A Danish school has drawn nationwide outage after it moved to cancel its traditional Christmas service out of respect for children of other faiths (aka Muslims). Students at Gribskolen in Graested traditionally gather for a service at the local church before Christmas. The school board has informed parents that the tradition will be scrapped since not all students are Christians. (NEVER was a problem before there were Muslims in the school)
SputnikNews This decision came under a storm of criticism from Danish netizens and politicians alike, Danish Radio reported.
The two main points of criticism are that canceling Christmas service undermines a long-standing Danish tradition and constitutes “taking a knee” to Islam, as the very same school last year held a “Syrian week” (below) during which pupils learned about the Muslim faith and the holy month of Ramadan, tried Syrian food and danced Syrian dances, the Den Korte Avis outlet reported.
The decision to cancel Christmas service was taken in the spring, yet only reached the public now when the parents were first informed about the decision. “This is completely askew. You must not cancel your traditions as misunderstood attention to some students,” Education Minister Merete Riisager said.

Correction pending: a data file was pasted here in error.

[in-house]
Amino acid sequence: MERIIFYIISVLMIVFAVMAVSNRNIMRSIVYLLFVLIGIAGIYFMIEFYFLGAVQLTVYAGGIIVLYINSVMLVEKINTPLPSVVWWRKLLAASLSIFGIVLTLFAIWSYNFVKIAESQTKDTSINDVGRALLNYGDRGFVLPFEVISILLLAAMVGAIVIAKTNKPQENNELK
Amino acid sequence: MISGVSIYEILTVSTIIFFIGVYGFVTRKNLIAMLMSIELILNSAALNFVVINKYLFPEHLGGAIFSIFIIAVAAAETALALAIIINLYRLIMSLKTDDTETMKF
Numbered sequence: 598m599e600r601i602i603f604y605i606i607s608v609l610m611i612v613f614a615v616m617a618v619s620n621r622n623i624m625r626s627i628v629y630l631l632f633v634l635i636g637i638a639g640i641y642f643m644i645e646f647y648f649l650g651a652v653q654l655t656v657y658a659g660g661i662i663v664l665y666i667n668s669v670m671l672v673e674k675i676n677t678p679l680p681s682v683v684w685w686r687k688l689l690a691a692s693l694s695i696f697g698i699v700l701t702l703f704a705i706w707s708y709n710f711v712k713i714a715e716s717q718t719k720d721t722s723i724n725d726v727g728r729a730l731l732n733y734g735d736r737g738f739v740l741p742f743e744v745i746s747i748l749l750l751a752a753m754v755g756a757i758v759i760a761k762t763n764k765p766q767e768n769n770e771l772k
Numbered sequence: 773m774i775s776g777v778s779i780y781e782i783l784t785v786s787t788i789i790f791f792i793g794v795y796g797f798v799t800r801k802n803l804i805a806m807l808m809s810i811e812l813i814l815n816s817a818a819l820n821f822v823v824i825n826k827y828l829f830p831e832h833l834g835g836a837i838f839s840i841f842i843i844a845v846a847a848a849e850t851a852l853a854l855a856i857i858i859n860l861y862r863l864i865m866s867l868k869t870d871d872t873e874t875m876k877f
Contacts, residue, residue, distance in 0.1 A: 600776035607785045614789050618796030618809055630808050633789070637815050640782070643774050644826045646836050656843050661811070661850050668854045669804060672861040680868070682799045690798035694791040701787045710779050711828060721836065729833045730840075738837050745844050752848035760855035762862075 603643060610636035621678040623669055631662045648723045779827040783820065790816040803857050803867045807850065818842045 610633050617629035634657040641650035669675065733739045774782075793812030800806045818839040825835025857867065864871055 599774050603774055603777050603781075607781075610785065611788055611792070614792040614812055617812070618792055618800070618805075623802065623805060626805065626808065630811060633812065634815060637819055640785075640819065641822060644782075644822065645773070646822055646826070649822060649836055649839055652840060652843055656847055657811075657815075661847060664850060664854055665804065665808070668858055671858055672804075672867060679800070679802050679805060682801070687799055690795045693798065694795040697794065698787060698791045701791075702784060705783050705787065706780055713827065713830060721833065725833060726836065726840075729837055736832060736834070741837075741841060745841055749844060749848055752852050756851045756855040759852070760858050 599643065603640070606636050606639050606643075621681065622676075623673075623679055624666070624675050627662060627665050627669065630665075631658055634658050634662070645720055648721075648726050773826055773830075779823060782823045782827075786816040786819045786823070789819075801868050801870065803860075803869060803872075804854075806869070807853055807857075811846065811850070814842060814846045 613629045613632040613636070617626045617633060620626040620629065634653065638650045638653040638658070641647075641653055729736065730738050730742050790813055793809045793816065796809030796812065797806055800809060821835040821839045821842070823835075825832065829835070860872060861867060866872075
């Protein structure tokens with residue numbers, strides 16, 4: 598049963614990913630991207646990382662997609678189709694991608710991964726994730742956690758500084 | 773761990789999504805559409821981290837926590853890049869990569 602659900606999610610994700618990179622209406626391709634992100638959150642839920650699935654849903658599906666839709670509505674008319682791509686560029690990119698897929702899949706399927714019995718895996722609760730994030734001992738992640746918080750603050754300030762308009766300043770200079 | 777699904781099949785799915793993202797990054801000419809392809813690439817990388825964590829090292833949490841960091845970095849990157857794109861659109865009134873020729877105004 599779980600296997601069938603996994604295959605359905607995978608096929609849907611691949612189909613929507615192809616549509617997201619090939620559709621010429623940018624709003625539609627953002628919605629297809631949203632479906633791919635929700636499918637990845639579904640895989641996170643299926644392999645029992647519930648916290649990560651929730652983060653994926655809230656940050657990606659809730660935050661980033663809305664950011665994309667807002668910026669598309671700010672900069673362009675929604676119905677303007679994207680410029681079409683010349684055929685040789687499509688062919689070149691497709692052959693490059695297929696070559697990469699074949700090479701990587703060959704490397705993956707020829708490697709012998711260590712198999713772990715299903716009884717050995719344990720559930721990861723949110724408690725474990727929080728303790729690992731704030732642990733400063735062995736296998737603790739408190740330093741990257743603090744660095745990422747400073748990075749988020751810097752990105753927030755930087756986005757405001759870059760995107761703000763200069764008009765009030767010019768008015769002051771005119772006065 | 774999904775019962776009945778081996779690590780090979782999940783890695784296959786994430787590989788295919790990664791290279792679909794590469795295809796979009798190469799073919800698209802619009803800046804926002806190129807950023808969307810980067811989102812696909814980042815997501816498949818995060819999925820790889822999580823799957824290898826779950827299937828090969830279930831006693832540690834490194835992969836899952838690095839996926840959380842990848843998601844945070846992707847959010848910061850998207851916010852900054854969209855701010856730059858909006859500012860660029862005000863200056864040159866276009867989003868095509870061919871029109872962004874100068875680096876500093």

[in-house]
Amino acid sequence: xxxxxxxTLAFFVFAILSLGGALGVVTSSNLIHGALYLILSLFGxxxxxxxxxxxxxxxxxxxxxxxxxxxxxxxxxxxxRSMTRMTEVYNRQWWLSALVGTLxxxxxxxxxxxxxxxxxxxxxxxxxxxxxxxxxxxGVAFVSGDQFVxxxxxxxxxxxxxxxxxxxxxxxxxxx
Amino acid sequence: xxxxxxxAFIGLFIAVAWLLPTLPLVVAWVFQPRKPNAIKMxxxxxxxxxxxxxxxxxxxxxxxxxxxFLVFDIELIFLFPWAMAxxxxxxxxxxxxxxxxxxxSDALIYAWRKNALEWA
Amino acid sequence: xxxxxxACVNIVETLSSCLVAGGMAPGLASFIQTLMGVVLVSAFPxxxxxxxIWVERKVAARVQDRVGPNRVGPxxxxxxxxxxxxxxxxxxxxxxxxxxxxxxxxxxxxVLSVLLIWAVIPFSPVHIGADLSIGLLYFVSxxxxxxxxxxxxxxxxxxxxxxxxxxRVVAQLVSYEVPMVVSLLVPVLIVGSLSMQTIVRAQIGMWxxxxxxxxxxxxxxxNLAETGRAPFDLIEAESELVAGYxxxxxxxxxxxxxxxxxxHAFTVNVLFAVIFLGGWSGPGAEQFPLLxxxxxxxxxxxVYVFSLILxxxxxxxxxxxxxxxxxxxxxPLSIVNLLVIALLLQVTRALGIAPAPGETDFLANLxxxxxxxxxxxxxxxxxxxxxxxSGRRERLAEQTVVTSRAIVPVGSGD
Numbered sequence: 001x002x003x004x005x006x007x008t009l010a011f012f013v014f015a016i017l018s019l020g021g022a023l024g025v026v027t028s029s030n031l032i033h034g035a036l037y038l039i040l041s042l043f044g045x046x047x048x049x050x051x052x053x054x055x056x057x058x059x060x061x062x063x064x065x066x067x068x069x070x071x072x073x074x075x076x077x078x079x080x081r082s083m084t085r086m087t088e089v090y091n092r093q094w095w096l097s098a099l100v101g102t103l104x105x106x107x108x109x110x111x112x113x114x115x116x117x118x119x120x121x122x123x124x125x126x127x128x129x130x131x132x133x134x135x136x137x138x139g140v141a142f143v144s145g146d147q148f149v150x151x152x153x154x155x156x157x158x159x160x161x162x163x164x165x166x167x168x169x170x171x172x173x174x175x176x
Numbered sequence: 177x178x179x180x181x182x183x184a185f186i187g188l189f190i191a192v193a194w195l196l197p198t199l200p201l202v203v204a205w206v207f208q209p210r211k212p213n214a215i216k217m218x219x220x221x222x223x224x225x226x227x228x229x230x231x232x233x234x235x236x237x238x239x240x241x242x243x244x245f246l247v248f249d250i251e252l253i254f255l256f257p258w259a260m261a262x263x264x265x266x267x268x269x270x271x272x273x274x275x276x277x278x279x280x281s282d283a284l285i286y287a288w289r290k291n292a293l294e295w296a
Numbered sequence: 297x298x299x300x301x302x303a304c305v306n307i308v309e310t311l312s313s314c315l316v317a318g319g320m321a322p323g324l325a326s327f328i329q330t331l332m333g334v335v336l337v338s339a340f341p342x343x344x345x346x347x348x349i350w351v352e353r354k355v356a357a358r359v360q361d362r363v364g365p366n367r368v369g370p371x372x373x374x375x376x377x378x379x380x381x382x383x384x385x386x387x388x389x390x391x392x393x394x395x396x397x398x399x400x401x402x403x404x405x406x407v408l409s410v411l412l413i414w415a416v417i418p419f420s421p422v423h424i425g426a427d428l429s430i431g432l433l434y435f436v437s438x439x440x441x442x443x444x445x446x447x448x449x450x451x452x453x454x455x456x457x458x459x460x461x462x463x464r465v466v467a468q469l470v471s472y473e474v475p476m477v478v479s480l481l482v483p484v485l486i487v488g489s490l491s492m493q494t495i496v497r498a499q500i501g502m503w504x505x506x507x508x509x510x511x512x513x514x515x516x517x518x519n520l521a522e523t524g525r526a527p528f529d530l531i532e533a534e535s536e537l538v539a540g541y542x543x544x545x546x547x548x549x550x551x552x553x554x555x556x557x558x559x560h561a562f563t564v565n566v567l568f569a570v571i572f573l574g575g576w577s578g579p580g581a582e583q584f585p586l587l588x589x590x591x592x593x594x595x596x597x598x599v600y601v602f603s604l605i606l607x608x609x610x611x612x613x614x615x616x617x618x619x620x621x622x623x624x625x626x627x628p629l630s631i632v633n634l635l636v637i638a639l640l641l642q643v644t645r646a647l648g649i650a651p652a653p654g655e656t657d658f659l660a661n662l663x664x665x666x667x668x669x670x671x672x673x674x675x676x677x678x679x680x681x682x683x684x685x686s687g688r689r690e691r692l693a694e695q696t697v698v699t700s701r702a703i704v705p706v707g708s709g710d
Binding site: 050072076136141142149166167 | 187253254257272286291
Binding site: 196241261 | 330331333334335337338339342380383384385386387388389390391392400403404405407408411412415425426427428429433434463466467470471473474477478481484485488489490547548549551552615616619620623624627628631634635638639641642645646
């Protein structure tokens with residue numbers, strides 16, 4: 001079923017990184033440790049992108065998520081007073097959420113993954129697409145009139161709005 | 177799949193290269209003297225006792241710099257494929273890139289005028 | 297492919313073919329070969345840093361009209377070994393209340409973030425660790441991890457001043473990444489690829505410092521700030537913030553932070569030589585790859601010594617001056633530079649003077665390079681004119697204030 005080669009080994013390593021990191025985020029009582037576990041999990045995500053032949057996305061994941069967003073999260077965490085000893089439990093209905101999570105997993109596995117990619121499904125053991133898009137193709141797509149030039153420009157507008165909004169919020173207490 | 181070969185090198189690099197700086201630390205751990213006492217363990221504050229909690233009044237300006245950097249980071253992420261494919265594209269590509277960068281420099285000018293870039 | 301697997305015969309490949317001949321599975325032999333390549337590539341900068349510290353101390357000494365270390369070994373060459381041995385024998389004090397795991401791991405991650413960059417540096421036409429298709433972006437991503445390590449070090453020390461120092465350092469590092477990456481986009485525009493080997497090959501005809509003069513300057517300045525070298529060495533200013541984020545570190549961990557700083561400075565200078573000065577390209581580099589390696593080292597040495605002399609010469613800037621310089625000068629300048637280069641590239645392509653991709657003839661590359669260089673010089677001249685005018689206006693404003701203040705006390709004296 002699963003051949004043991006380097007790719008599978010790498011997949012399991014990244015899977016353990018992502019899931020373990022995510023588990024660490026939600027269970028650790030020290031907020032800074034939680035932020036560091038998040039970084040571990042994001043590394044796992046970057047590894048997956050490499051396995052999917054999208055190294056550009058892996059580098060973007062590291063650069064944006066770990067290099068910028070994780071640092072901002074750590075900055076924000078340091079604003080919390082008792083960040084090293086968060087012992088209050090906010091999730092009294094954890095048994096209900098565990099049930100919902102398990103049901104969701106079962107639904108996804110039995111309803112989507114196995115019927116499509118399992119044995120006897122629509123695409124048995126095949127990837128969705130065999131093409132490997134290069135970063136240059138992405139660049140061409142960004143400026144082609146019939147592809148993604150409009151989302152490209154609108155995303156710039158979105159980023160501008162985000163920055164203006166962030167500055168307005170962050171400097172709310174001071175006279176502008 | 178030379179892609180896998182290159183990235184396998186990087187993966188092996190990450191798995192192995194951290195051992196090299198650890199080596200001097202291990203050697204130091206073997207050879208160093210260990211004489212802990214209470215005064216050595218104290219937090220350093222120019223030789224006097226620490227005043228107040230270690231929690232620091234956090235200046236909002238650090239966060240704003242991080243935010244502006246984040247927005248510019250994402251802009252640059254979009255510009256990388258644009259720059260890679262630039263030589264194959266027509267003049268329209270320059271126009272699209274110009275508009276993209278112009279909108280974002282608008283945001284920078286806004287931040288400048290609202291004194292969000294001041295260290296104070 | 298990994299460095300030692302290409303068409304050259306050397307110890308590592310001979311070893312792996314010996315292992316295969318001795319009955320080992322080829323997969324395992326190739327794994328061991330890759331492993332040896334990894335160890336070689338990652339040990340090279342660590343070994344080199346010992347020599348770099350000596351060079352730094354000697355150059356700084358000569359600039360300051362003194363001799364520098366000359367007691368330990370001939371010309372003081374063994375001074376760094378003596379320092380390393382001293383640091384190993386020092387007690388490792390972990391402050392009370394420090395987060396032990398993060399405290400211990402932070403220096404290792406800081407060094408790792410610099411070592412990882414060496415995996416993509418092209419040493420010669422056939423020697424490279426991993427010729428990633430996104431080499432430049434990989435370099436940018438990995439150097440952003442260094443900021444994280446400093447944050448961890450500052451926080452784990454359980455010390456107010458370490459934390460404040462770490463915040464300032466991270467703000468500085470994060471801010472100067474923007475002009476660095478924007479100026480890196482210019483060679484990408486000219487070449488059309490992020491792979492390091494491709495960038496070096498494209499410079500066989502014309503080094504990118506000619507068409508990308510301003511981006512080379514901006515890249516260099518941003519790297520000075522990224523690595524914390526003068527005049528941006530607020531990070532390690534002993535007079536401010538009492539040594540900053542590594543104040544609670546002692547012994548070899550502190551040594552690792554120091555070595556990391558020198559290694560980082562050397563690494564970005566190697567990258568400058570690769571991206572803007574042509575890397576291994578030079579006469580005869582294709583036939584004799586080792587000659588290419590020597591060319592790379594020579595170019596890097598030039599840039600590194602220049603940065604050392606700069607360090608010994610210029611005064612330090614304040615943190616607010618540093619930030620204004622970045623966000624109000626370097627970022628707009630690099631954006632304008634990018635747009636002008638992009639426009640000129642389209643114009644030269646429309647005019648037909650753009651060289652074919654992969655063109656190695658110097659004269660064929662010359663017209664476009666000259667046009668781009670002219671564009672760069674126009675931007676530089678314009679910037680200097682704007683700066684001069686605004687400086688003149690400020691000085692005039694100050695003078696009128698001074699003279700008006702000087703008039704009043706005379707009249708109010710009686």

Prime Minister Lars Løkke Rasmussen, who comes from Græsted, put forth his views regarding the issue on Facebook. “This needs a do-over,” Løkke Rasmussen wrote.
Gribskolen board leader Charlotte Orland Pedersen, however, was disappointed by the public’s reaction. She pointed out that at least eight different faiths are represented among the pupils, stressing that the Christmas service was not dropped specifically for the sake of Muslim students. (YES, it was)
By her own admission, she has not heard of any parents who complained about the decision. School Director Association chairman Claus Hjortdal argued that there was nothing wrong with dropping the traditional service for the sake of Muslim students.
However, local parish priest Ole Backer Mogensen called it “overdramatizing” to use the word preaching in connection with the Christmas service.
“If Christmas is reduced to Søren the Banjo Mouse [a popular Danish Christmas song for kids], there won’t be any room left toaddress some of the deeper themes around Christmas, such as promoting peace and goodness between people (In Islam, that means ONLY between Muslims), finding a homes in the midst of rootlessness and so forth,” Ole Backer Mogensen wrote in an opinion piece in the local Netavisen newspaper.